Don’t let your fears hold you back from accomplishing your dreams: Laila Ali
Vol 2 | Issue 37
Laila Ali, former boxing world champ and daughter of legendary boxer Muhammed Ali, has an incredible 24-0 record with 21 knockouts. She tells Anu Gulmohar how she pushed the limits to get ahead
I am a person who has always been very confident. From the time I was a young girl, I thought I could do and be anything that I wanted to. My parents are responsible for instilling this quality in me.
Unbeaten: Laila Ali holds an incredible record of 24-0 with 21 knockouts (Photos Courtesy: The Sunday Indian)
My father led by example, while my mother always encouraged me to do my best and never made me feel limited by her comments or personal beliefs about the world.
So when I saw women’s professional boxing for the first time, I was captivated, excited and wanted to get in the ring. There was absolutely no doubt in my mind that I could beat any opponent I would ever face.
Everyone thought I was crazy for wanting to “mess up my pretty face” and even told me I wouldn’t be able to handle “those rough girls.” This was as long as 14 years ago. I’m now a retired World Champion Boxer who is undefeated with a record of 24-0 with 21 knockouts.
Boxing will always be my first love. Singing is my second. I can remember putting on my mother’s clothes, standing in front of the mirror and singing Whitney Houston songs into a remote control.
Nobody could tell me I didn’t sound good, but of course I grew up and found out that I don’t sound like Whitney! I decided to start taking vocal lessons. My voice coach always said I have a beautiful “tone” and nice “texture.” But to me, that was similar to telling an over-weight woman that she has a “pretty face.”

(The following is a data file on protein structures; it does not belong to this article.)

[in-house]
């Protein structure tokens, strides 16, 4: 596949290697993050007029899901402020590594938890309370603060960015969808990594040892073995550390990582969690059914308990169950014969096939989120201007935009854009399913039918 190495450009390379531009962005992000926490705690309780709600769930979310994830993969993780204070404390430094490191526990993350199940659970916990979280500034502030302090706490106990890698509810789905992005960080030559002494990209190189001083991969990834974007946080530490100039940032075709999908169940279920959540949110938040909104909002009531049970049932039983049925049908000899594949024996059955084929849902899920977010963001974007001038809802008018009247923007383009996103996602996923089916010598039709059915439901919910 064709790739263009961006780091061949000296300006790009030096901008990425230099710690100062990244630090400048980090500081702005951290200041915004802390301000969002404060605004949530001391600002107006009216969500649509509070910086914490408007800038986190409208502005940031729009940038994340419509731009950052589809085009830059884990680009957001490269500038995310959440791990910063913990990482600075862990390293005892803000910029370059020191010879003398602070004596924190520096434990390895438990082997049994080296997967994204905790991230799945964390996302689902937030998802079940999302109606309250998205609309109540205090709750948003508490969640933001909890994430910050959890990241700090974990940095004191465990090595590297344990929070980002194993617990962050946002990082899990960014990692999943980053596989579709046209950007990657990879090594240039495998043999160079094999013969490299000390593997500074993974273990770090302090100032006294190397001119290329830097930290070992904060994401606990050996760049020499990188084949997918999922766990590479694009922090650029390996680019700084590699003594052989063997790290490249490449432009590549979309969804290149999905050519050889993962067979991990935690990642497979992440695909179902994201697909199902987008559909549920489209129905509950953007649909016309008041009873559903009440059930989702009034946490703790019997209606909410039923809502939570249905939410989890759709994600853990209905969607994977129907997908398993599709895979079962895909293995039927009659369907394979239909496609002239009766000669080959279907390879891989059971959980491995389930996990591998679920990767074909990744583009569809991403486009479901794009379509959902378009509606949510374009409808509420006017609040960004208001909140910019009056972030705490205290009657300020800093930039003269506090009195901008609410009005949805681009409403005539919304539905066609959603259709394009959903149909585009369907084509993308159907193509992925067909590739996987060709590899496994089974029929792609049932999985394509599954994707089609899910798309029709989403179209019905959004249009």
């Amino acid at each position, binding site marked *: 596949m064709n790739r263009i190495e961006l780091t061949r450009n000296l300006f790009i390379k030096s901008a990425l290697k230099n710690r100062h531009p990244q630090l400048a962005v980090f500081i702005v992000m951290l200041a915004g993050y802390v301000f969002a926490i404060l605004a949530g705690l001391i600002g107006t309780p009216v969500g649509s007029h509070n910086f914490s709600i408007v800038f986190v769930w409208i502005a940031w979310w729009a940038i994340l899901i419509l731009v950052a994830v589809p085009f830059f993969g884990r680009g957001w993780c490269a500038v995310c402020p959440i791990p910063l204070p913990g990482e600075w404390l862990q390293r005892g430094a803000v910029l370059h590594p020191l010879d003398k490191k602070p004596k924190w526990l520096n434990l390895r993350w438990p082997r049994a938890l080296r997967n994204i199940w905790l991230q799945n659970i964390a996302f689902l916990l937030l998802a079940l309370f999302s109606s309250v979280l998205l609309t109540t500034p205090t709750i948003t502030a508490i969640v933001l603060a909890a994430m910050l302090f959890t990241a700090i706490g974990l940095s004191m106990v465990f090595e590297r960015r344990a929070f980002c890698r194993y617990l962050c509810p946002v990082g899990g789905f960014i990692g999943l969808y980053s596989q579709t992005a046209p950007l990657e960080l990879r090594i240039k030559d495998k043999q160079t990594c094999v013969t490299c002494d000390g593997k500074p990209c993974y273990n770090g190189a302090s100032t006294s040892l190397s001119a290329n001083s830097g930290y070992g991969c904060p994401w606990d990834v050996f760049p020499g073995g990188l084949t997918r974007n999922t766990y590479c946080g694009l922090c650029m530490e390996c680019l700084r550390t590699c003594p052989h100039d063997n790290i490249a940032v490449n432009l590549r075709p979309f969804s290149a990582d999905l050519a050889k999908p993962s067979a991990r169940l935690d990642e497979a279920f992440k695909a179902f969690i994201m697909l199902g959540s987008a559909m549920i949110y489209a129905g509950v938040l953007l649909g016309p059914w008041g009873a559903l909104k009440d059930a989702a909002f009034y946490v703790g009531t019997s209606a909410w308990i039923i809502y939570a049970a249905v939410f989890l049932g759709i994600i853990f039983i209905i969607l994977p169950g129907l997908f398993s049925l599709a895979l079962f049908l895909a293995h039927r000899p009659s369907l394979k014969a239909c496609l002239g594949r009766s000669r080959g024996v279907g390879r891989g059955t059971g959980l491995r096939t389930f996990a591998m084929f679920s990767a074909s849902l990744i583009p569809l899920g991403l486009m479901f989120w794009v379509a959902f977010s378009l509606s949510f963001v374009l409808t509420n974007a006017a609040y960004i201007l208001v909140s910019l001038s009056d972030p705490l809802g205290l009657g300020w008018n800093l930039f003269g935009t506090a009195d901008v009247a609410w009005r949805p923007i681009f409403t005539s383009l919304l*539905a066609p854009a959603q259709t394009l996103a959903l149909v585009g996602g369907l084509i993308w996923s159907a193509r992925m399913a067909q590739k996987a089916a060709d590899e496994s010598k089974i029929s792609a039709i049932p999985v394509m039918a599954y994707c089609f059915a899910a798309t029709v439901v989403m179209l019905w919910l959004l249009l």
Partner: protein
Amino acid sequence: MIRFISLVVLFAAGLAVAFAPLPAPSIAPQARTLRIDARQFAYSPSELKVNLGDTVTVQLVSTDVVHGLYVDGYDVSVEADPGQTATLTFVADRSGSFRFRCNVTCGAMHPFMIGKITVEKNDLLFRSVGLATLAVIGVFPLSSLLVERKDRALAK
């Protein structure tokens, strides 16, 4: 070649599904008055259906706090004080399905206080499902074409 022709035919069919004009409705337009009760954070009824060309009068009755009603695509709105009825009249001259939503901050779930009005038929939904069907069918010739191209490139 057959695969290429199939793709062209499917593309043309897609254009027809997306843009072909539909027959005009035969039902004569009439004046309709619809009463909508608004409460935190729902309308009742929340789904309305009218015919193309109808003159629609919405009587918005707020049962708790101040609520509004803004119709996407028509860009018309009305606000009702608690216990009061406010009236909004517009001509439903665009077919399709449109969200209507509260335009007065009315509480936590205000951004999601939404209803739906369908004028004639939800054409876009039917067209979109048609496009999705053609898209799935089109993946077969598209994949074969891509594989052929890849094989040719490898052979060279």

His comment made me challenge myself to get good enough for him to say, “You have a great voice,” because that would make me feel complete.
Laila, as a child, with her father, the legendary Muhammed Ali
As an adult, it has taken me a long time to accept my voice. I always wanted to sing but limited myself because I couldn’t sing as well as I thought I should be able to. After five years of voice lessons and competing on Dancing with the Stars, I finally stopped comparing myself to everyone else.
I decided I would have my singing debut on my wedding day. Yes, I would sing to my husband, on stage at our reception dinner, in front of 250 wedding guests.
My voice coach thought I would get cold feet and possibly back out. Just knowing he thought that created a challenge for me that I had to defeat. I continually told my husband, Curtis, I was going to serenade him at the wedding knowing that he would not believe me.
As far as he knew, I was too shy to sing anywhere other than the shower. So, of course, I had to prove him wrong too. In actuality, I created pressure for myself because I knew that was the way to get the best results. Singing had become a challenge that I created for myself. Now I had to prove to myself that I could get on that stage and sell it! Not only did I have to do it…I had to do it well.
I got on that stage and sang my song like I had been doing it forever. By the time I was done, I wanted to keep going. I felt like that little girl singing to her mother’s mirror again. This talent that I had, but never shared, blew everyone away.
It was similar to the situation when they learned that I could box and dance too. My voice coach was proud and my husband blushed.
On that very day, I grew into an even stronger and more confident woman because I defeated the limit that I had put on myself for so many years.
Published by special arrangement with The Sunday Indian